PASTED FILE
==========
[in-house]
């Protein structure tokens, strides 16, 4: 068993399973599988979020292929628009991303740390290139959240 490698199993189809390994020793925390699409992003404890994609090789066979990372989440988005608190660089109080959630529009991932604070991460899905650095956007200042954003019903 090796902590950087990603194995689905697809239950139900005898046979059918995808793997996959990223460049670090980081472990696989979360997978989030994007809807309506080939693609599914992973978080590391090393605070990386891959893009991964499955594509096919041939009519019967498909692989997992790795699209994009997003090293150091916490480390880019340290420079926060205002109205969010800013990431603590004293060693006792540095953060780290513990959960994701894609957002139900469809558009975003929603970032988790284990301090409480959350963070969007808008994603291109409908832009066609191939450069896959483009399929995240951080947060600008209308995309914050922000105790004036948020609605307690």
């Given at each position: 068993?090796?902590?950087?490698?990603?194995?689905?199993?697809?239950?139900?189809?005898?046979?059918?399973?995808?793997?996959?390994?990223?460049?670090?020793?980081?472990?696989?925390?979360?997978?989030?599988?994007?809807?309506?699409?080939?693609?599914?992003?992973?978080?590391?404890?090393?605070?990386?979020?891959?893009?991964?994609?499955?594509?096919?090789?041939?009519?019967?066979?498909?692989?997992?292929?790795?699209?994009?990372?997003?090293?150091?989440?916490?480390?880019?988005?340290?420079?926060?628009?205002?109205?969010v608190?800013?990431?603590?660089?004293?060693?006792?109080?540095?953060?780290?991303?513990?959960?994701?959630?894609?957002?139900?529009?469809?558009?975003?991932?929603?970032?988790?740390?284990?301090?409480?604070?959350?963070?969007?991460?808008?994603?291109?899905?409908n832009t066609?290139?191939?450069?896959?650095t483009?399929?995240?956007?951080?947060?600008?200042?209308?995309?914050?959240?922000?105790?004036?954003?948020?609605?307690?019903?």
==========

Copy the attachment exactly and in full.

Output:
[in-house]
């Protein structure tokens, strides 16, 4: 068993399973599988979020292929628009991303740390290139959240 490698199993189809390994020793925390699409992003404890994609090789066979990372989440988005608190660089109080959630529009991932604070991460899905650095956007200042954003019903 090796902590950087990603194995689905697809239950139900005898046979059918995808793997996959990223460049670090980081472990696989979360997978989030994007809807309506080939693609599914992973978080590391090393605070990386891959893009991964499955594509096919041939009519019967498909692989997992790795699209994009997003090293150091916490480390880019340290420079926060205002109205969010800013990431603590004293060693006792540095953060780290513990959960994701894609957002139900469809558009975003929603970032988790284990301090409480959350963070969007808008994603291109409908832009066609191939450069896959483009399929995240951080947060600008209308995309914050922000105790004036948020609605307690």
């Given at each position: 068993?090796?902590?950087?490698?990603?194995?689905?199993?697809?239950?139900?189809?005898?046979?059918?399973?995808?793997?996959?390994?990223?460049?670090?020793?980081?472990?696989?925390?979360?997978?989030?599988?994007?809807?309506?699409?080939?693609?599914?992003?992973?978080?590391?404890?090393?605070?990386?979020?891959?893009?991964?994609?499955?594509?096919?090789?041939?009519?019967?066979?498909?692989?997992?292929?790795?699209?994009?990372?997003?090293?150091?989440?916490?480390?880019?988005?340290?420079?926060?628009?205002?109205?969010v608190?800013?990431?603590?660089?004293?060693?006792?109080?540095?953060?780290?991303?513990?959960?994701?959630?894609?957002?139900?529009?469809?558009?975003?991932?929603?970032?988790?740390?284990?301090?409480?604070?959350?963070?969007?991460?808008?994603?291109?899905?409908n832009t066609?290139?191939?450069?896959?650095t483009?399929?995240?956007?951080?947060?600008?200042?209308?995309?914050?959240?922000?105790?004036?954003?948020?609605?307690?019903?």